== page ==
S02 mentions "identifier extensions" in the section describing adverbial pairs with non-identifier keys (see the table reproduced below).

What are identifier extensions? I'm guessing that :<if> and :<+> are both acting as identifier extensions in these examples:


But what's really going on there? Are we effectively creating an identifier with non-identifier characters, or what? I've been reading such things subconsciously as operator definitions with precedence and associativity modifiers. But modifiers ought to be written after the modified quantity, as adverbs, so that would more properly be written as


except, of course, + isn't a valid identifier.

Another interpretation is that, for example, statement_control:<if> is the "if" token defined inside the statement_control grammar. Its similarity to hash access makes it look likes it grabbing something from out of a container.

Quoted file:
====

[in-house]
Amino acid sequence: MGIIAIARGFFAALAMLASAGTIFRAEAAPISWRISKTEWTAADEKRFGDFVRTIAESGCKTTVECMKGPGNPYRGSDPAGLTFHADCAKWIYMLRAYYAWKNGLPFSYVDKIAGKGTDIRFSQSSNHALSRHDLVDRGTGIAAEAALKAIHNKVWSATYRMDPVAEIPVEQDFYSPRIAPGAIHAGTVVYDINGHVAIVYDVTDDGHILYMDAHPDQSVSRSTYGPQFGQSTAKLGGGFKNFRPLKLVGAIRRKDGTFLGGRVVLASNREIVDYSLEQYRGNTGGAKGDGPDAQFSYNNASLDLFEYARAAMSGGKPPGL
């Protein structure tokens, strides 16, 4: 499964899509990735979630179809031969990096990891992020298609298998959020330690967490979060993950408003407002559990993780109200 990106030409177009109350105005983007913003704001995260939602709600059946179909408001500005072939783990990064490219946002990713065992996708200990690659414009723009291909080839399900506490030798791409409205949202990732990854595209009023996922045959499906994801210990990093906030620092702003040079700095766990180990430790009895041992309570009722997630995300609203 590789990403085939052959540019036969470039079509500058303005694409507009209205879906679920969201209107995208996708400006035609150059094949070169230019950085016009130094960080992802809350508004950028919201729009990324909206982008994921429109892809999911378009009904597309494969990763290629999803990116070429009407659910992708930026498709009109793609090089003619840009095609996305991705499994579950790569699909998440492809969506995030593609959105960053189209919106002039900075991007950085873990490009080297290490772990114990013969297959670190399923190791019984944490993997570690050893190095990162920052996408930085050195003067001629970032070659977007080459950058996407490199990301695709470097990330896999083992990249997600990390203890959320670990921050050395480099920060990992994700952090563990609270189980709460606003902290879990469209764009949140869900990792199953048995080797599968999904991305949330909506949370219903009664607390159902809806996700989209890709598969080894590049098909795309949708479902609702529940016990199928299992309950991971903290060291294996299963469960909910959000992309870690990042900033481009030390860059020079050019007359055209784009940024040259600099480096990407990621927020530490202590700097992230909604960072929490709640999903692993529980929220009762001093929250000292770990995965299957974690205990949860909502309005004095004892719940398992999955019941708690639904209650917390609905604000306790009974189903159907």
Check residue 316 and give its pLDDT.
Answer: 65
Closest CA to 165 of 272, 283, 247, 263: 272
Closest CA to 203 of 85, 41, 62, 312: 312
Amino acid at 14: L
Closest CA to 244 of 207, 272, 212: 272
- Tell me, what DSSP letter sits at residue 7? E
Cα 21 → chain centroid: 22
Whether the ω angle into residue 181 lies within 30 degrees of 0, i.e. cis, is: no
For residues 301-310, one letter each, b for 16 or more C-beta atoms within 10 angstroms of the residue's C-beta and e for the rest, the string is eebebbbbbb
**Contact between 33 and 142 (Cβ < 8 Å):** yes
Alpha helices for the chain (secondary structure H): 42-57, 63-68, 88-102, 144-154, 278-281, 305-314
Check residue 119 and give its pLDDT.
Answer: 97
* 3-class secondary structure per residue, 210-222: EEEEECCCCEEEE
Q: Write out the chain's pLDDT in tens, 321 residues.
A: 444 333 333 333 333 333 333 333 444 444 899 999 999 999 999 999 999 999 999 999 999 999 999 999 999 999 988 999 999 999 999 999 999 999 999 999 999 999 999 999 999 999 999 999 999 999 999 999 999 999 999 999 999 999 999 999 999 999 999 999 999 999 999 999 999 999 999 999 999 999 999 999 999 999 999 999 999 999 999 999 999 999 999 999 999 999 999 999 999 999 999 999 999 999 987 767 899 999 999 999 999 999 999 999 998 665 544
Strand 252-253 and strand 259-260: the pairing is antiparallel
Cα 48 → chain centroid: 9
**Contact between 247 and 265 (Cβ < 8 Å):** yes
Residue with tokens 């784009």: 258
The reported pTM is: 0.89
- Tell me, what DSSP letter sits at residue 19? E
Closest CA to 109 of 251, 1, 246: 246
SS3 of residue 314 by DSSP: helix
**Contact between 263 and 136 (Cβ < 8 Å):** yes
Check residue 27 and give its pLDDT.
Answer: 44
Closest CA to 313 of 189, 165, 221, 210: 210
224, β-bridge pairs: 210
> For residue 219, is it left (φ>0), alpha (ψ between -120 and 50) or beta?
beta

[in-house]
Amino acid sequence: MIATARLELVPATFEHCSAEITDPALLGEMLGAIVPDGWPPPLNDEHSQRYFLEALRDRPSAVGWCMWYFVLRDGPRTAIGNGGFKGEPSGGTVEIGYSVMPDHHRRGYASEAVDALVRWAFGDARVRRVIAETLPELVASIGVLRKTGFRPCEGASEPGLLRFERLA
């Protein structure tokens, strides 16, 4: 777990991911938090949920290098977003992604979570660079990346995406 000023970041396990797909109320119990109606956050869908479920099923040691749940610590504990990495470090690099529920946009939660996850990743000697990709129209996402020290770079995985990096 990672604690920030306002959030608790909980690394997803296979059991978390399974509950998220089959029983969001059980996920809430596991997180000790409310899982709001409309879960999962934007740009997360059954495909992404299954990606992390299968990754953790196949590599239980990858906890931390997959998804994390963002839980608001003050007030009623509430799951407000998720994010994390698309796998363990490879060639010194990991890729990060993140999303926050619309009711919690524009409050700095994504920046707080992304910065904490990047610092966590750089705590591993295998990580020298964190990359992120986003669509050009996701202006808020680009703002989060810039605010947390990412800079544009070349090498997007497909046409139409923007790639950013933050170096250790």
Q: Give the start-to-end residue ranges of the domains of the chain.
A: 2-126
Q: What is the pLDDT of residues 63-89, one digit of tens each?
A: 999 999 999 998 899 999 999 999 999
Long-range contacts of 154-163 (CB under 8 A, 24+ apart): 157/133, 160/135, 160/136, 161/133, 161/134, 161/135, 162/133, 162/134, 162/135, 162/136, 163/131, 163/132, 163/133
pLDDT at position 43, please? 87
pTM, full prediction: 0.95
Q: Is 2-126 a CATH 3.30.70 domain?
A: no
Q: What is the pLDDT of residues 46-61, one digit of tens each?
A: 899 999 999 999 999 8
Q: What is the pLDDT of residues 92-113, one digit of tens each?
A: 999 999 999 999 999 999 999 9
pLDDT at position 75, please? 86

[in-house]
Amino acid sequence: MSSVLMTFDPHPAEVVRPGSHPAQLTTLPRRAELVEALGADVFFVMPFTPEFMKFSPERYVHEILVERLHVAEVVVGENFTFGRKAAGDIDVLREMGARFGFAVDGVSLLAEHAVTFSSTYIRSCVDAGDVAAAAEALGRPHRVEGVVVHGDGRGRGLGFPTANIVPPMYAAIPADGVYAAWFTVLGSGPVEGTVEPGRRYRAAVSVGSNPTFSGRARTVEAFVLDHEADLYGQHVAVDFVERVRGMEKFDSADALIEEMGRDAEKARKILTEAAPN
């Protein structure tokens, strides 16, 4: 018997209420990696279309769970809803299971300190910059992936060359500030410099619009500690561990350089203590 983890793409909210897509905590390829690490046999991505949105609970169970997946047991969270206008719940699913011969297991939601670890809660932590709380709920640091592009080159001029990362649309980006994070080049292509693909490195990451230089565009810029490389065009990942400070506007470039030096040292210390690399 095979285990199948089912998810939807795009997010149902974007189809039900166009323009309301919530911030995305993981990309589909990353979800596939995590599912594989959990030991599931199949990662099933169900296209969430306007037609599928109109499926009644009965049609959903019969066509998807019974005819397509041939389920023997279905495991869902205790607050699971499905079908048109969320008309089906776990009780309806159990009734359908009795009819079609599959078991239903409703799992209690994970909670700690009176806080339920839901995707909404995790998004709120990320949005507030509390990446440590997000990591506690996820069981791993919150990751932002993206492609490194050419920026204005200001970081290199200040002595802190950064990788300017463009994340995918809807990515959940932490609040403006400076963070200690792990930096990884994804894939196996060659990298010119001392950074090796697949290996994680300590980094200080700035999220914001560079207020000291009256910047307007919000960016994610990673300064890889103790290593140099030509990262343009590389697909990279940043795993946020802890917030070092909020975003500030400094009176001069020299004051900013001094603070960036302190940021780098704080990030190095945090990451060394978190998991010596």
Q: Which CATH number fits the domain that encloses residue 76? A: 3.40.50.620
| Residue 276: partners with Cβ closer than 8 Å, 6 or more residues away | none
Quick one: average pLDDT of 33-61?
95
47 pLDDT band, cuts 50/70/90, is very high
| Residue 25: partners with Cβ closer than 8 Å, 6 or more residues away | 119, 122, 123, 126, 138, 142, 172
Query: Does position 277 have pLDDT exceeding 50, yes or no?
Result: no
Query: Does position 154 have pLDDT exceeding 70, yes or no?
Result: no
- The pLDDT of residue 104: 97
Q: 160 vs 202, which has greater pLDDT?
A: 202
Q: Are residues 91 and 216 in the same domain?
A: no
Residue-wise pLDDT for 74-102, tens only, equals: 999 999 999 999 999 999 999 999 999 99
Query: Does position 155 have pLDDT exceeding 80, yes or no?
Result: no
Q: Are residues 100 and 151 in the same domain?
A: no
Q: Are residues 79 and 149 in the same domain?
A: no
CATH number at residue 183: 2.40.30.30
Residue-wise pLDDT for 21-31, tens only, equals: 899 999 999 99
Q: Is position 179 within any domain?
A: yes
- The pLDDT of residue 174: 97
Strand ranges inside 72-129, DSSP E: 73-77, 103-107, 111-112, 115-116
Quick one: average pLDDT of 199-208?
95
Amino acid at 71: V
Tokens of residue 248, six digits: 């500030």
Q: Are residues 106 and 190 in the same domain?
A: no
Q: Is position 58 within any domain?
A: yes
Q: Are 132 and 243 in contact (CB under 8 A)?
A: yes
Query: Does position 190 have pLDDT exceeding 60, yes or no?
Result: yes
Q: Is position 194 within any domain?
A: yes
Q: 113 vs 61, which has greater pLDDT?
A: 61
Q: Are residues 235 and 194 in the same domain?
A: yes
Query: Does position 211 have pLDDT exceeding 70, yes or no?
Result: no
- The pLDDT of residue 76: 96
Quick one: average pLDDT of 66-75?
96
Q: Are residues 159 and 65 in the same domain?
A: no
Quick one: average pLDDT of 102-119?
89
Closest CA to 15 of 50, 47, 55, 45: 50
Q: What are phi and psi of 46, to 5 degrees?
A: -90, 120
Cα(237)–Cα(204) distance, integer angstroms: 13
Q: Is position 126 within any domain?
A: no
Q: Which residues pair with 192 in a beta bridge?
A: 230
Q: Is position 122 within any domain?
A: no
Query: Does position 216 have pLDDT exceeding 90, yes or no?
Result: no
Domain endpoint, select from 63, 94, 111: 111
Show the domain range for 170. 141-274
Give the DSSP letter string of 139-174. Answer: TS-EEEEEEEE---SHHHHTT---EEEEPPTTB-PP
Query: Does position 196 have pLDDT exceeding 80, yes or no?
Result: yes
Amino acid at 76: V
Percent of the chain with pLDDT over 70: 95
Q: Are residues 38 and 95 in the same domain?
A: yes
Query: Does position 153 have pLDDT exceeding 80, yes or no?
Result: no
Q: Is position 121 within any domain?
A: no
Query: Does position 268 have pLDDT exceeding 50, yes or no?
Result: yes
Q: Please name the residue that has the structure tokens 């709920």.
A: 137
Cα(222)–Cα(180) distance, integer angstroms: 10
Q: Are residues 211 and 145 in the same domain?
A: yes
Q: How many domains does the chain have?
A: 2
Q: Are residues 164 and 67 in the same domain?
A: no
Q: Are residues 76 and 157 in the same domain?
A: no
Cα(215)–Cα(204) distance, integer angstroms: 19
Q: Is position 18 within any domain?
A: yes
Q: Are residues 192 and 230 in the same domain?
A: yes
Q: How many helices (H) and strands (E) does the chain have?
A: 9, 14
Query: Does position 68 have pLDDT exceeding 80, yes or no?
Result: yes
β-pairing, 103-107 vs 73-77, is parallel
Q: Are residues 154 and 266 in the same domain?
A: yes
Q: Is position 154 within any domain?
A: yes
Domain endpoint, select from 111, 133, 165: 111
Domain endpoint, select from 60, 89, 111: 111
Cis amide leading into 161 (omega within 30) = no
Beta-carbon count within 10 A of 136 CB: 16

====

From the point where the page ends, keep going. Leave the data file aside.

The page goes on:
And yes, I have tried to find in the synopses a discussion of the real meaning of references like infix:<+>, but I've been unsuccessful. Can anybody help me find the relevant synopsis?

And, if I've guessed wrong, and "identifier extensions" have nothing to do with infix:<+> and friends, then what ARE identifier extensions?

Here's the table, reproduced from S02, the uses the phrase "identifier extension":

    Simple pair         DIFFERS from    which means

    ===========         ============    ===========

    2 => <101010>       :2<101010>      radix literal 0b101010

    8 => <123>          :8<123>         radix literal 0o123

    16 => <deadbeef>    :16<deadbeef>   radix literal 0xdeadbeef

    16 => $somevalue    :16($somevalue) radix conversion function

    '' => $x            :($x)           arglist or signature literal

    '' => ($x,$y)       :($x,$y)        arglist or signature literal

    '' => <x>           :<x>            identifier extension

    '' => «x»           :«x»            identifier extension

    '' => [$x,$y]       :[$x,$y]        identifier extension

    '' => { .say }      :{ .say }       adverbial block

Larry Niven's Laws
#6: It is easier to destroy than create.
Bin Laden tore down the World Trade Center? Let's see him build one. If human beings didn't have a strong preference for creation, nothing would get built, ever.

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